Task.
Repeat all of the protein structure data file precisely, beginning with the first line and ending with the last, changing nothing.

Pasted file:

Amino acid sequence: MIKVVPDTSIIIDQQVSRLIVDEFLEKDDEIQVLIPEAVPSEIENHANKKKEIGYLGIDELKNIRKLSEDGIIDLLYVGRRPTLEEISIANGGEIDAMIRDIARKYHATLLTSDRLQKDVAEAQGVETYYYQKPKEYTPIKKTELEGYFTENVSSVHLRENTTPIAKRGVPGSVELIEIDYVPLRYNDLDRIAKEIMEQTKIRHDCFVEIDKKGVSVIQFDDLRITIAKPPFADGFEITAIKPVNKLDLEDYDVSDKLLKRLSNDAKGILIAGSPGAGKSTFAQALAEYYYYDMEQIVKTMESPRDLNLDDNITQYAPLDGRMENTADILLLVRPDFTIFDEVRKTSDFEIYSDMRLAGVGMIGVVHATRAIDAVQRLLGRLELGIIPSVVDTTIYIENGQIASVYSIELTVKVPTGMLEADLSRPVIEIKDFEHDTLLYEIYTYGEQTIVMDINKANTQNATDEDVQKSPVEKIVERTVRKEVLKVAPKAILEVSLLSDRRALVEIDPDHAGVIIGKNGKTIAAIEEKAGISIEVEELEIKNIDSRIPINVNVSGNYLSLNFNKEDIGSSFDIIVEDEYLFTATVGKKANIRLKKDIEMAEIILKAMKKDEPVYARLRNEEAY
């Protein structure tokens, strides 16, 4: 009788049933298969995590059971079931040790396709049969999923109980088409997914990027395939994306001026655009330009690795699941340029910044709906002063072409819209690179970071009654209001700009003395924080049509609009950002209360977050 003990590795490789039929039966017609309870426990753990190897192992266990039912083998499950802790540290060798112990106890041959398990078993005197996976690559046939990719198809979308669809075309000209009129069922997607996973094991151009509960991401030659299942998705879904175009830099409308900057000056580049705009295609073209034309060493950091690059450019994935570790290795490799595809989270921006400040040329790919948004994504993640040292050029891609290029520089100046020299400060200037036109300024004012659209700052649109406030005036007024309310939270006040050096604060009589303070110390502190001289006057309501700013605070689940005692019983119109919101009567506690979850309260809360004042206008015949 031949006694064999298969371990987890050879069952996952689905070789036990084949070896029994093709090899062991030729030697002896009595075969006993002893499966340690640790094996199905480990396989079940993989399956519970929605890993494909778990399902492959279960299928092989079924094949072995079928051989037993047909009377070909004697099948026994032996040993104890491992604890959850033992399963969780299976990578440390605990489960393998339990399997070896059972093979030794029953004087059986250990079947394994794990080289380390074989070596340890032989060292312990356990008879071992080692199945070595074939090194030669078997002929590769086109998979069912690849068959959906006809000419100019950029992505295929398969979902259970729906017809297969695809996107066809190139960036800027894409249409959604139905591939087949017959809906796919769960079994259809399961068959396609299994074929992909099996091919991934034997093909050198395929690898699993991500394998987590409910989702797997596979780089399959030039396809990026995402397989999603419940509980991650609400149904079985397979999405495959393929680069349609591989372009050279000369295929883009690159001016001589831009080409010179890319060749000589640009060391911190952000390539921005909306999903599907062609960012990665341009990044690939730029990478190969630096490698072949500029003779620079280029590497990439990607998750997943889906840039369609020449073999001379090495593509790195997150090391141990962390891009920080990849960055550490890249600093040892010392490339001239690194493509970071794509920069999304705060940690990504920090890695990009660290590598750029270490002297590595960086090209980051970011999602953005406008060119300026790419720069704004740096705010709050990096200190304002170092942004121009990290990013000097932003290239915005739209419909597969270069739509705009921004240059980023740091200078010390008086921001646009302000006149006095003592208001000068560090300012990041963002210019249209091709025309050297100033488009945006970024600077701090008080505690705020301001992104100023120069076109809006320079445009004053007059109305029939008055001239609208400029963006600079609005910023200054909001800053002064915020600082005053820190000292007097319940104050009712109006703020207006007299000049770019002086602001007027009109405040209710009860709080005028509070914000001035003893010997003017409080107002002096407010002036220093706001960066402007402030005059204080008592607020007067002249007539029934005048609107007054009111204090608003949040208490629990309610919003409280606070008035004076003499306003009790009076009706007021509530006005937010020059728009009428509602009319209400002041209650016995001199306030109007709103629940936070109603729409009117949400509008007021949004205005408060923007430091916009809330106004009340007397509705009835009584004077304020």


Amino acid sequence: MIKVVPDTSIIIDQQVSRLIVDEFLEKDDEIQVLIPEAVPSEIENHANKKKEIGYLGIDELKNIRKLSEDGIIDLLYVGRRPTLEEISIANGGEIDAMIRDIARKYHATLLTSDRLQKDVAEAQGVETYYYQKPKEYTPIKKTELEGYFTENVSSVHLRENTTPIAKRGVPGSVELIEIDYVPLRYNDLDRIAKEIMEQTKIRHDCFVEIDKKGVSVIQFDDLRITIAKPPFADGFEITAIKPVNKLDLEDYDVSDKLLKRLSNDAKGILIAGSPGAGKSTFAQALAEYYYYDMEQIVKTMESPRDLNLDDNITQYAPLDGRMENTADILLLVRPDFTIFDEVRKTSDFEIYSDMRLAGVGMIGVVHATRAIDAVQRLLGRLELGIIPSVVDTTIYIENGQIASVYSIELTVKVPTGMLEADLSRPVIEIKDFEHDTLLYEIYTYGEQTIVMDINKANTQNATDEDVQKSPVEKIVERTVRKEVLKVAPKAILEVSLLSDRRALVEIDPDHAGVIIGKNGKTIAAIEEKAGISIEVEELEIKNIDSRIPINVNVSGNYLSLNFNKEDIGSSFDIIVEDEYLFTATVGKKANIRLKKDIEMAEIILKAMKKDEPVYARLRNEEAY
């Protein structure tokens, strides 16, 4: 009788049933298969995590059971079931040790396709049969999923109980088409997914990027395939994306001026655009330009690795699941340029910044709906002063072409819209690179970071009654209001700009003395924080049509609009950002209360977050 003990590795490789039929039966017609309870426990753990190897192992266990039912083998499950802790540290060798112990106890041959398990078993005197996976690559046939990719198809979308669809075309000209009129069922997607996973094991151009509960991401030659299942998705879904175009830099409308900057000056580049705009295609073209034309060493950091690059450019994935570790290795490799595809989270921006400040040329790919948004994504993640040292050029891609290029520089100046020299400060200037036109300024004012659209700052649109406030005036007024309310939270006040050096604060009589303070110390502190001289006057309501700013605070689940005692019983119109919101009567506690979850309260809360004042206008015949 031949006694064999298969371990987890050879069952996952689905070789036990084949070896029994093709090899062991030729030697002896009595075969006993002893499966340690640790094996199905480990396989079940993989399956519970929605890993494909778990399902492959279960299928092989079924094949072995079928051989037993047909009377070909004697099948026994032996040993104890491992604890959850033992399963969780299976990578440390605990489960393998339990399997070896059972093979030794029953004087059986250990079947394994794990080289380390074989070596340890032989060292312990356990008879071992080692199945070595074939090194030669078997002929590769086109998979069912690849068959959906006809000419100019950029992505295929398969979902259970729906017809297969695809996107066809190139960036800027894409249409959604139905591939087949017959809906796919769960079994259809399961068959396609299994074929992909099996091919991934034997093909050198395929690898699993991500394998987590409910989702797997596979780089399959030039396809990026995402397989999603419940509980991650609400149904079985397979999405495959393929680069349609591989372009050279000369295929883009690159001016001589831009080409010179890319060749000589640009060391911190952000390539921005909306999903599907062609960012990665341009990044690939730029990478190969630096490698072949500029003779620079280029590497990439990607998750997943889906840039369609020449073999001379090495593509790195997150090391141990962390891009920080990849960055550490890249600093040892010392490339001239690194493509970071794509920069999304705060940690990504920090890695990009660290590598750029270490002297590595960086090209980051970011999602953005406008060119300026790419720069704004740096705010709050990096200190304002170092942004121009990290990013000097932003290239915005739209419909597969270069739509705009921004240059980023740091200078010390008086921001646009302000006149006095003592208001000068560090300012990041963002210019249209091709025309050297100033488009945006970024600077701090008080505690705020301001992104100023120069076109809006320079445009004053007059109305029939008055001239609208400029963006600079609005910023200054909001800053002064915020600082005053820190000292007097319940104050009712109006703020207006007299000049770019002086602001007027009109405040209710009860709080005028509070914000001035003893010997003017409080107002002096407010002036220093706001960066402007402030005059204080008592607020007067002249007539029934005048609107007054009111204090608003949040208490629990309610919003409280606070008035004076003499306003009790009076009706007021509530006005937010020059728009009428509602009319209400002041209650016995001199306030109007709103629940936070109603729409009117949400509008007021949004205005408060923007430091916009809330106004009340007397509705009835009584004077304020």